Having an About Us or Team page that provides information on who your team is and who writes your content is vital.
By adding author pages, you can add information about your team's expertise and whether it's trustworthy and authoritative.
2. Work With Experts to Create Content
Google isn't just looking for great content. It wants content written by people with the experience and expertise that genuinely helps people.
Google wants people who know to write the content rather than just hire ghostwriters who may have some experience of a topic but not at an expert level.
A ghostwriter could work with the expert, or the site owner could hire experts to write guest posts or partner with another business so that high-level content, research or interviews are included.
3. Make the Purpose of Your Content Clear
Content needs to be very clear about why it's been written. For example, it is to educate, influence, convince or define.
Titles and headings are used to clarify what the content is for in obvious and easy-to-understand language. A good approach is to add questions with answers to make it clear that users can get all the answers they need about a topic.
The answers should be to the point and give as much information as possible.
4. Update Content Regularly
Every day there is a tremendous amount of content created—an incredible average of 463 billion GB of data of content will be posted daily by 2025. Of course, times change, meaning content is regularly outdated and needs freshening up.
Companies close, sites are removed, new people fill roles, guidelines change, and tools are revised daily.
Online content typically only lasts two years, depending on whether the industry is fast changing – such as SEO.
Keeping content fresh, accurate and updated gives you a better chance of performing well in search. Keep dates, stats, best practices and dead links updated every few years and pay close attention to the content that ranks well.
5. Link to High-Quality Sources
You need to link to accurate data to be seen as an expert. This may include studies, research papers, and official sources and prove that your content is credible and current and that you stay on top of your subject matter.
You can also link to industry experts and professionals' reports, papers, and tweets.
6. Consider Multiple Viewpoints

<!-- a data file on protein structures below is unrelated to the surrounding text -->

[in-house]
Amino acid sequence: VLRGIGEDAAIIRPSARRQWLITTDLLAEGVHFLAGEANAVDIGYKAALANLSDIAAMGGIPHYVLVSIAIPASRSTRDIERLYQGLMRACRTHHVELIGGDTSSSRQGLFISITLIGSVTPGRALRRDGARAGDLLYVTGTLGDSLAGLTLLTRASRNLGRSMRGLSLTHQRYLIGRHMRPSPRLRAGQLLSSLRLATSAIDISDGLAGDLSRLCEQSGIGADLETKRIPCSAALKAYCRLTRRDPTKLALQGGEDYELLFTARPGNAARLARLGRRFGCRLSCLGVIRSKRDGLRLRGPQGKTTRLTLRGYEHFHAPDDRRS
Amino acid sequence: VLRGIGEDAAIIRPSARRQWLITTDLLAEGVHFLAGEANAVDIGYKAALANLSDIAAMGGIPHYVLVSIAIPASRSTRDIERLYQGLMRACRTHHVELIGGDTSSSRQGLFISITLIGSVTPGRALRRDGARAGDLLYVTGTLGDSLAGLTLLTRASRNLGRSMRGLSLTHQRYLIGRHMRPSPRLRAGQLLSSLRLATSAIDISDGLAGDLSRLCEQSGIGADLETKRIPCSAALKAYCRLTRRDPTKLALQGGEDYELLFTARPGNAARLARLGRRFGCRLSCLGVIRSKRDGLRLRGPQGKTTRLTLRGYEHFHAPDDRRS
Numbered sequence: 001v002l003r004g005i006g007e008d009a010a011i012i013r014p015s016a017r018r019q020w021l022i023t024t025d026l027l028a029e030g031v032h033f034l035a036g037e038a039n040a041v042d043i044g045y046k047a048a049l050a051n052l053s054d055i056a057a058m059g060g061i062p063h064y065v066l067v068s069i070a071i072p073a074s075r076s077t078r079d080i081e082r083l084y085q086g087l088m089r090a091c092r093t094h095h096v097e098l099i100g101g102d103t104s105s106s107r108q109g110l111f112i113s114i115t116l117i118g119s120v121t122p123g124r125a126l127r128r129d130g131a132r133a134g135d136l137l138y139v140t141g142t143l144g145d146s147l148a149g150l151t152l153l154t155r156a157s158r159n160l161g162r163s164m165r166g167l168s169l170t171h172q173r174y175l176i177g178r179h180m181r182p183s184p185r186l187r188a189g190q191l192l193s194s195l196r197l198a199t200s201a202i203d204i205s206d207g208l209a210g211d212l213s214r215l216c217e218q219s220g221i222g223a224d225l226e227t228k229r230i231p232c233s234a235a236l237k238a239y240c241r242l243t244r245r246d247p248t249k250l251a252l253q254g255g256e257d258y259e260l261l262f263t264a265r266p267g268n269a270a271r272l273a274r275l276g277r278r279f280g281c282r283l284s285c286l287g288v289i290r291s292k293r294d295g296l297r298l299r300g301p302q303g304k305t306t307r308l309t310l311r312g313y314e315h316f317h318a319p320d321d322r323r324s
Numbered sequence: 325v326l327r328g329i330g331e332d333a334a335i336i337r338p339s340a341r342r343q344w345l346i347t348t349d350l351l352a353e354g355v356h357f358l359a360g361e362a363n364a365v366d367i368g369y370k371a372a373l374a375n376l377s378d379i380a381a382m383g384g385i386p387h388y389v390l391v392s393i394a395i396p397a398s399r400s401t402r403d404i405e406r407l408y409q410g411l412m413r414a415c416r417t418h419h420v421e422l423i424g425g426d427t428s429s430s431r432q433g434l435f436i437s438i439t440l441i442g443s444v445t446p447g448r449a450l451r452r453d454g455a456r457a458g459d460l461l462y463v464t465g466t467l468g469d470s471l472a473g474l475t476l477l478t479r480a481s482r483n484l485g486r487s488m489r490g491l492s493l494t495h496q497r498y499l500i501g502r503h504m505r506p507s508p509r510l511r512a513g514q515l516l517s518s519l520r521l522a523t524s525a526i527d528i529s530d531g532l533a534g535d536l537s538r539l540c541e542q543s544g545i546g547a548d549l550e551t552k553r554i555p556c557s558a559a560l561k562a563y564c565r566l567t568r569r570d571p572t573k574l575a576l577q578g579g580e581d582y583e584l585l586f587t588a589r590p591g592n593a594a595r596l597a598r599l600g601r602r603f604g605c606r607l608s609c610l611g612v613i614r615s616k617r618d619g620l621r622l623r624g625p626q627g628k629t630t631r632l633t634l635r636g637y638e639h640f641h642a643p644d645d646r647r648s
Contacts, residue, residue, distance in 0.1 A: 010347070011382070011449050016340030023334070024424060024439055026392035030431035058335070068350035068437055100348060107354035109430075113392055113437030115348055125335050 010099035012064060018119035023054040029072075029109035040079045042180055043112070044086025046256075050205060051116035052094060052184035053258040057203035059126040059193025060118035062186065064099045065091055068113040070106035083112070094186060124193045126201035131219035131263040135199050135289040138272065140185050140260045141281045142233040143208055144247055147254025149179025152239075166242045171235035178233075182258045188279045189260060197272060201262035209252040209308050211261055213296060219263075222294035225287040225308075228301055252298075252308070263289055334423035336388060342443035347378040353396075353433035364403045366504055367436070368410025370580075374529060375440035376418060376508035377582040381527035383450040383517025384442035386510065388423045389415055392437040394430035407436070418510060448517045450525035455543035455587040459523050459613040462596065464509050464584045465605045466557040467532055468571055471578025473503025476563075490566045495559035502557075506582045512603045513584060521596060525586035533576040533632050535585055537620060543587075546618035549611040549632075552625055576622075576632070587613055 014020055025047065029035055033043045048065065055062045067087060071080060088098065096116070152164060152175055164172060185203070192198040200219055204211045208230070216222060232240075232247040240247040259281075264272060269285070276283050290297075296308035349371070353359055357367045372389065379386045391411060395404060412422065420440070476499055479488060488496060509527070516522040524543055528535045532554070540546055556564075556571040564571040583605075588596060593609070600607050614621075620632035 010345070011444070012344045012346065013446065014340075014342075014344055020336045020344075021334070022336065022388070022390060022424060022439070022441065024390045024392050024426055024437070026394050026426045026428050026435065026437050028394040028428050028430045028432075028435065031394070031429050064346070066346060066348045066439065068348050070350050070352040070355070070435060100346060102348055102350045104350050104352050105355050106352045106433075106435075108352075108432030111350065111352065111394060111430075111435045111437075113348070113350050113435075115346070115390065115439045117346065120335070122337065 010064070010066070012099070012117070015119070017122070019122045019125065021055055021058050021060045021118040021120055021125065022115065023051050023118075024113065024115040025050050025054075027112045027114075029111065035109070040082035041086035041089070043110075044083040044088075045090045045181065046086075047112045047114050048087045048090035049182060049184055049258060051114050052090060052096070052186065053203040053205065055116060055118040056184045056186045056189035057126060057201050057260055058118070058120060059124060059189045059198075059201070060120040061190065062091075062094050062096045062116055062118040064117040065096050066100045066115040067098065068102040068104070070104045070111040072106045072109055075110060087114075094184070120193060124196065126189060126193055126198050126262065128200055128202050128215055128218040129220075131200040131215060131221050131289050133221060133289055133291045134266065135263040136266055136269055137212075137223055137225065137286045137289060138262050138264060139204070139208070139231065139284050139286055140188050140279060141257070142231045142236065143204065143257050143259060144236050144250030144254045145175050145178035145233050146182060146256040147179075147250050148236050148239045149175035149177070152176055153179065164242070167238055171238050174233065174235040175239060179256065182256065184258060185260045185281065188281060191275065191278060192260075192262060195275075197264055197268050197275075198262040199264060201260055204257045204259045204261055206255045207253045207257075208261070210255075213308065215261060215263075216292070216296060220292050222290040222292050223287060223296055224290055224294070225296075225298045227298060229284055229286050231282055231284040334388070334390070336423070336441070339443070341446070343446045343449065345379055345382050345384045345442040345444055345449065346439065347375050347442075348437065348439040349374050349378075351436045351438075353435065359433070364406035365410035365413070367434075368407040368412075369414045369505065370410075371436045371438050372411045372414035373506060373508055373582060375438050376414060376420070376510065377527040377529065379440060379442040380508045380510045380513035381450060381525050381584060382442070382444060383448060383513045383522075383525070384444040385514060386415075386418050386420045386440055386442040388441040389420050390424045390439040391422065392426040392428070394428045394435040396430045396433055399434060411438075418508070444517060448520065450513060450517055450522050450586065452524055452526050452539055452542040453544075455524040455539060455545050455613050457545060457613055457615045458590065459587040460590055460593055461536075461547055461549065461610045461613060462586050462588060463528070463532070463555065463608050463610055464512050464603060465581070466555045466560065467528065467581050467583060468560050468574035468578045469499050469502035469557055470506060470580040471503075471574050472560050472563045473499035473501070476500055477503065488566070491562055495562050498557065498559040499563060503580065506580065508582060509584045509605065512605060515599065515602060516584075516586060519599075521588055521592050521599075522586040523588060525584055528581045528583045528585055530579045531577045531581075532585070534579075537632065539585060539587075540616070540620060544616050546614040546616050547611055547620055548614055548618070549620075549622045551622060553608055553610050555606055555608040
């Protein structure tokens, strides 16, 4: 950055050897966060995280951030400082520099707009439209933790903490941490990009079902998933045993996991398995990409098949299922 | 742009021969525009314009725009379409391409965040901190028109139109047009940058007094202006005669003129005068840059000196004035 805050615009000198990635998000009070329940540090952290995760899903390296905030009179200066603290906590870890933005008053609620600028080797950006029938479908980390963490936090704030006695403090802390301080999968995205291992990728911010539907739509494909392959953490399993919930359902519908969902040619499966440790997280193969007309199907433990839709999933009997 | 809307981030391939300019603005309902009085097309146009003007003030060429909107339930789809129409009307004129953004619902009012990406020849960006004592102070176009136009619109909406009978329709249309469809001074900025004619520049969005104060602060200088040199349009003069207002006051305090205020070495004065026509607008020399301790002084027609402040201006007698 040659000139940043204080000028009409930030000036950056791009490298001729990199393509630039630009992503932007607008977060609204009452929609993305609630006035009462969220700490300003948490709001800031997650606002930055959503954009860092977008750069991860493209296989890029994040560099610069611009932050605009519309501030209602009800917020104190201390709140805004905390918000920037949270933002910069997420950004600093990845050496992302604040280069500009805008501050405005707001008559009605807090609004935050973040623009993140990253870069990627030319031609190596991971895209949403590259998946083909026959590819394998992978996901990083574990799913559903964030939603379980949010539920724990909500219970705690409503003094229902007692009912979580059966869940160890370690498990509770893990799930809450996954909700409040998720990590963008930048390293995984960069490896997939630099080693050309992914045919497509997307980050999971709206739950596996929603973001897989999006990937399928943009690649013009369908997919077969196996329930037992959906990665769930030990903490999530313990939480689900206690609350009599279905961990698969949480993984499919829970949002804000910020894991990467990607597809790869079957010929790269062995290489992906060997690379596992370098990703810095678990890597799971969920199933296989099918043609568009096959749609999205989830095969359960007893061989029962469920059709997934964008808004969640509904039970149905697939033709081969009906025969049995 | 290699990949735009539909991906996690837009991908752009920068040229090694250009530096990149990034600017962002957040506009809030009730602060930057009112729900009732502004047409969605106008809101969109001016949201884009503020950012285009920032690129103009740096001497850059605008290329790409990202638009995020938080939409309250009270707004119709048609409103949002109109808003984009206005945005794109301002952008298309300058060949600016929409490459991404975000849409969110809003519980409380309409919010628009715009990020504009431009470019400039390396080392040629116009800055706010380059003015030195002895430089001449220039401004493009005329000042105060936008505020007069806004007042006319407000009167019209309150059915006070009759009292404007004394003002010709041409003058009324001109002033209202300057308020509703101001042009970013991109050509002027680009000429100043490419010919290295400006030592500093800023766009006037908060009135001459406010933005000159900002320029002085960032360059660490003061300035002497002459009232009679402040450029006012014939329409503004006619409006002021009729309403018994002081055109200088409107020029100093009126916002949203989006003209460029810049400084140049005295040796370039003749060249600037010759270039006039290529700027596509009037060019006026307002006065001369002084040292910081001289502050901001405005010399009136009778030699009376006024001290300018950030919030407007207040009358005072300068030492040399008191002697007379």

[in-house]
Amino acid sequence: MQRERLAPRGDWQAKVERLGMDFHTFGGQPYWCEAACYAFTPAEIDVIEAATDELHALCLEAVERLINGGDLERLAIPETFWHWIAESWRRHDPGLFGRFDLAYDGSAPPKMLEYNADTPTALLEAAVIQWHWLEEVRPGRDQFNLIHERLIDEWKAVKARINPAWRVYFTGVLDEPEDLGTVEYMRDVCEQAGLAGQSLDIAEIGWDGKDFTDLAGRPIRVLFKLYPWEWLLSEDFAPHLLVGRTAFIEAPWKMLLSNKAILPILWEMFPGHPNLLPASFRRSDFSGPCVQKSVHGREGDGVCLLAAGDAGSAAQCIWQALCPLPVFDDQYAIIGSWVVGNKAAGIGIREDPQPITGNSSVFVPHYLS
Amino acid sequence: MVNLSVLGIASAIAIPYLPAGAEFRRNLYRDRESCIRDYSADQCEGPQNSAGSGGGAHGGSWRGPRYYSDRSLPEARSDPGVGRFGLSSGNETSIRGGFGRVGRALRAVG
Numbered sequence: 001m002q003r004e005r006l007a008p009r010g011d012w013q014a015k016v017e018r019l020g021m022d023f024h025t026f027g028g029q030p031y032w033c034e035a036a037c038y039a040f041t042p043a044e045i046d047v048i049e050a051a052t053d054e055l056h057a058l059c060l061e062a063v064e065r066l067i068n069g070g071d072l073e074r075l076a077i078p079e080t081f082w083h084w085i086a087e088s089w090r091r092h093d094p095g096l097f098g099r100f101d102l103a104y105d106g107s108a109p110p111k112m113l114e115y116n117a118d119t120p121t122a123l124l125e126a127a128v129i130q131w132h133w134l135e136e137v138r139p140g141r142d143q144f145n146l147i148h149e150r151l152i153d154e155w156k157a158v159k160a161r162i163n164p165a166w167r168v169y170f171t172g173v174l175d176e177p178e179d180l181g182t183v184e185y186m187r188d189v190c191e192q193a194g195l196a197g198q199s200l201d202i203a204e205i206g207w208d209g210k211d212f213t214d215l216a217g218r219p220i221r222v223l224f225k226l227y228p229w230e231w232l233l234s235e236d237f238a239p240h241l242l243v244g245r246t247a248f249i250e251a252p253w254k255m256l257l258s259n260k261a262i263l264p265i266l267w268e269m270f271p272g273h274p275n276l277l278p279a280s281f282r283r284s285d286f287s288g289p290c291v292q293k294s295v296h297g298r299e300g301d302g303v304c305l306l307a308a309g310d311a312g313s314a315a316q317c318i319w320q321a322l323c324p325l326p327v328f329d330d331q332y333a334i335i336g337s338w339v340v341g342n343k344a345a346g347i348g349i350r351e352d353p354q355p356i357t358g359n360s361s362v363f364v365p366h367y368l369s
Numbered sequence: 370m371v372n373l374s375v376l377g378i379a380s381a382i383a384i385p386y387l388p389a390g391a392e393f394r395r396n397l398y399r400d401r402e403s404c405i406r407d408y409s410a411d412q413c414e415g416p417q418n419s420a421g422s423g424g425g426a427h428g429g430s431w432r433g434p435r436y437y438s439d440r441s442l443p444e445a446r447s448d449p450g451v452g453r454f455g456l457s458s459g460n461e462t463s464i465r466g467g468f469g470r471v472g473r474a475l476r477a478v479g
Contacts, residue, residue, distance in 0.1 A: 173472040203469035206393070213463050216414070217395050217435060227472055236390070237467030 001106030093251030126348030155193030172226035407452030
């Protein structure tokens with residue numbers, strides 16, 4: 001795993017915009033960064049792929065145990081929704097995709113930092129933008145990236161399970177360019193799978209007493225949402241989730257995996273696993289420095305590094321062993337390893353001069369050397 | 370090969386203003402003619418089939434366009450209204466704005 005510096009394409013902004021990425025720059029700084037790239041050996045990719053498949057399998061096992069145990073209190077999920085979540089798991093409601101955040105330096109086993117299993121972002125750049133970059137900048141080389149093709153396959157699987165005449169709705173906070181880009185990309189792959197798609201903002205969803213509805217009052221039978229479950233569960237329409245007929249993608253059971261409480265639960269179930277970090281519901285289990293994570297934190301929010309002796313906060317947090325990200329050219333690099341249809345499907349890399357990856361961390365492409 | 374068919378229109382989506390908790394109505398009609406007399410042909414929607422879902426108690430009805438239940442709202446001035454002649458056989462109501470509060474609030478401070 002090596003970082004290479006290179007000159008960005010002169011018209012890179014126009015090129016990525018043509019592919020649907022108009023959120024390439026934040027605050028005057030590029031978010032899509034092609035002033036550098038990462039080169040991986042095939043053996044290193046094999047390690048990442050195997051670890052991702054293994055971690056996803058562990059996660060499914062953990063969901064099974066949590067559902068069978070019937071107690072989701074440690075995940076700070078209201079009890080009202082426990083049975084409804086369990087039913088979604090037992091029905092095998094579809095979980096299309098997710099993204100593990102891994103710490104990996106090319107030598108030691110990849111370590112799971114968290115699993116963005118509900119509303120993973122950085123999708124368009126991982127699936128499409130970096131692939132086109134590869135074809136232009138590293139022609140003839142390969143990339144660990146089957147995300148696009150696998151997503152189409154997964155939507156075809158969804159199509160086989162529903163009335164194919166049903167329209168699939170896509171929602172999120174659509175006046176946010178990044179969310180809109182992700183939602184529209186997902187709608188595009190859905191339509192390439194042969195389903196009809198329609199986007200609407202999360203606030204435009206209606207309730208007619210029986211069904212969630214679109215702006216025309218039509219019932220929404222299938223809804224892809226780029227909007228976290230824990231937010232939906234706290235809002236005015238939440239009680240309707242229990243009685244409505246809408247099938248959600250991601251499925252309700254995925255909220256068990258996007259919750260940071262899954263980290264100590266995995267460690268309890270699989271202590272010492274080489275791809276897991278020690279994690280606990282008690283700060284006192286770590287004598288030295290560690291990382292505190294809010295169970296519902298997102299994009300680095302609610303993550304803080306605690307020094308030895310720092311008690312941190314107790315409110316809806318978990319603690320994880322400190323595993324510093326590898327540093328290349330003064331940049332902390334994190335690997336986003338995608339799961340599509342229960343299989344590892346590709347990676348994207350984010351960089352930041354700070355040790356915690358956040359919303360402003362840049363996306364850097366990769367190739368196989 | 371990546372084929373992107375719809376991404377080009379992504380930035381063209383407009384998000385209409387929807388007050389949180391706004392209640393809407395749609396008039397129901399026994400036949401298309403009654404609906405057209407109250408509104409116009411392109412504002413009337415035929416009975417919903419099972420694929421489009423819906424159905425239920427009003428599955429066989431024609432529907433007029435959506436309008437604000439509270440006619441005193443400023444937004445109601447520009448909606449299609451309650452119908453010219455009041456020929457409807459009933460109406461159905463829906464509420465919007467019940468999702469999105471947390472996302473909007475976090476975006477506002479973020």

To stay trustworthy, you need to view issues from several angles so that each one contributes to the overall viewpoint.
For example, if you're writing about the best types of bikes, you will need to cover a wide variety as not everybody feels every cycle is the best for them. One person will be interested in mountain biking, and another will want to ride along the promenade with their child.
However, each piece about the bikes you write about should help verify that you are an expert in your field, and you can consider the different needs of your readers and bike riders.
7. Pay Attention to Your Online Reputation
You must protect your online reputation as that will be what others judge when they consider your content and site's value.
Ensure that you have claimed all the social profiles for your brand name and encourage others to leave positive reviews about your brand.
You don't need to build a massive brand if that isn't suited to the size of your business, but pay attention to any bad reviews or negative talk about you or your business to ensure that it doesn't get smeared.
Be sure to use EAT and prosper
Whenever Google changes their guidelines or algorithm, some SEO marketers panic and get alarmed about what it may mean for their sites.
However, let's look on the bright side - the search engine has made it clear that EAT won't drop your search rankings to the depths of despair!
It's more of a guideline that is used internally to identify what is high-quality content and what isn't
Despite this, it needs to be considered when creating content so that Google likes it and gives it a better ranking than it will the content it doesn't approve of.
I'm Paul Gordon an SEO freelancer who has spent the last 16 years helping businesses expand and grow through effective SEO strategies.